Artist Song Time Album Year
Robert Svilpa Foucault’s Pendulum (3rd Movement) 11:06 Foucault’s Pendulum 2022
Myrkur Leaves of Yggdrasil 3:50 Folkesange 2020
QRN Reverie / It Goes On 9:22 Winter In Bloom 2021
Ghost Rhythms Horizontal Ascension 10:37 Imaginary Mountains 2020
Eric J. Confer Long Ago 7:44 Something Wonderful 2022
Aaron Laughlin Lost Sacred Things 7:52 Lost Coast 2021
Gabriel Akhmad Marin Sunrise 5:11 Ruminate: Improvisations for Fretless Guitar and Dutar 2021
Jim Griffin Spiral Staircase 7:44 The Signal 2020

Nickie Harte Kelly

  1. Here we have progressive music, in what I think of as California style. The Lost Coast is a mostly undeveloped and wild region in Mendocino and Humboldt counties. The music here reflects the expansive, yet intimate feeling of experiencing it in person. There is a lovely balance between electric and acoustic instrumentation and the lyrics are a thoughtful reminiscence of journeying through that land and it’s history.
  2. This is a concept piece, a sort of journey through time with a message to the future, by a fictional author, with a mystery at the heart of it. The guitar work in particular, is precise and forceful, delicate when it’s called for, and the pieces are varied in instrumentation, skirting several styles adeptly. The complete chronicle is compelling, like a book you just can’t put down.
  3. Here we have a sort of merging of progressive math rock, jazz and little bit of space thrown in for good measure. The music is instrumental and is more driving than space music, however. Band is primarily electric in sound with expert electric violin spicing it all up, as well as a plethora of other instrumentation such as accordion, cello, harpsichord, sax and flute.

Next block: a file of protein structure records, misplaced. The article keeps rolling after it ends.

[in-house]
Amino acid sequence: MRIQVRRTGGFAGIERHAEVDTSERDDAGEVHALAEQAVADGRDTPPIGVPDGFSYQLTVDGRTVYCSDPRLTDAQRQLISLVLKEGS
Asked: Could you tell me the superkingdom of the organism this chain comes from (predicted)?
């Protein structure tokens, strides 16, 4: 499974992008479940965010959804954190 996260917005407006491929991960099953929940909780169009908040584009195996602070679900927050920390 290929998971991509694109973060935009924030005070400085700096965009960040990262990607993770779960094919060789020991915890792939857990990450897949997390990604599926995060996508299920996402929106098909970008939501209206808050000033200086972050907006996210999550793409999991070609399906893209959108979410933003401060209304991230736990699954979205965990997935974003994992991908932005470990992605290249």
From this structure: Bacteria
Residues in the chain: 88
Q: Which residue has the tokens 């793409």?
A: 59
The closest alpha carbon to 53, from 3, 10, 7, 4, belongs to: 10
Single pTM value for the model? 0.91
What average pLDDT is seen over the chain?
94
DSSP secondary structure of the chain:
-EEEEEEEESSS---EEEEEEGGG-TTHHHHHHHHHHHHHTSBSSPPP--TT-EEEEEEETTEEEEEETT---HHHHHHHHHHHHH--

4. Eric’s latest release is a surprise, as for this one, he adds his vocals. He presents his signature guitar style, which is soaring and precise and plays all instruments. I hate to make comparisions to others, but his voice reminds me much of David Cousins at times. Reflective and thoughtful lyrics, and, as expected, his guitar leads are marvelous to the ears.
  5. Emerging from the black metal field, Amalie Bruun goes full Scandinavian folk here. Dreamy, dark music with pristine vocals that seem as if they are coming from somewhere out of time. Haunting instrumentation and mythological verse that is truly transporting, yet firmly rooted in the soil of the artist’s heritage. The bowed instrumentation is positively chill-inducing.
  6. Grand progressive rock here, sometimes quite heavy. Robert, who plays guitars, keyboards and hand percussion, has a host of guests here, on drums and other percussion, fretted and fretless guitars and basses, Taurus bass pedals and Chapman stick. Expertly performed, this is a concept piece from start to finish and takes one on quite a journey, as well-crafted progressive music should do.

Seattle denizen Peter Tutak has a solid grounding in classical music that shows, as he expresses in this primarily symphonic prog release. His principal instrument is bass, but he covers all of the other instruments and vocals along with guests playing acoustic and electric guitars. You will sometimes hear musical quotes of the likes of Debussy and Ravel. A promising debut from a talented composer.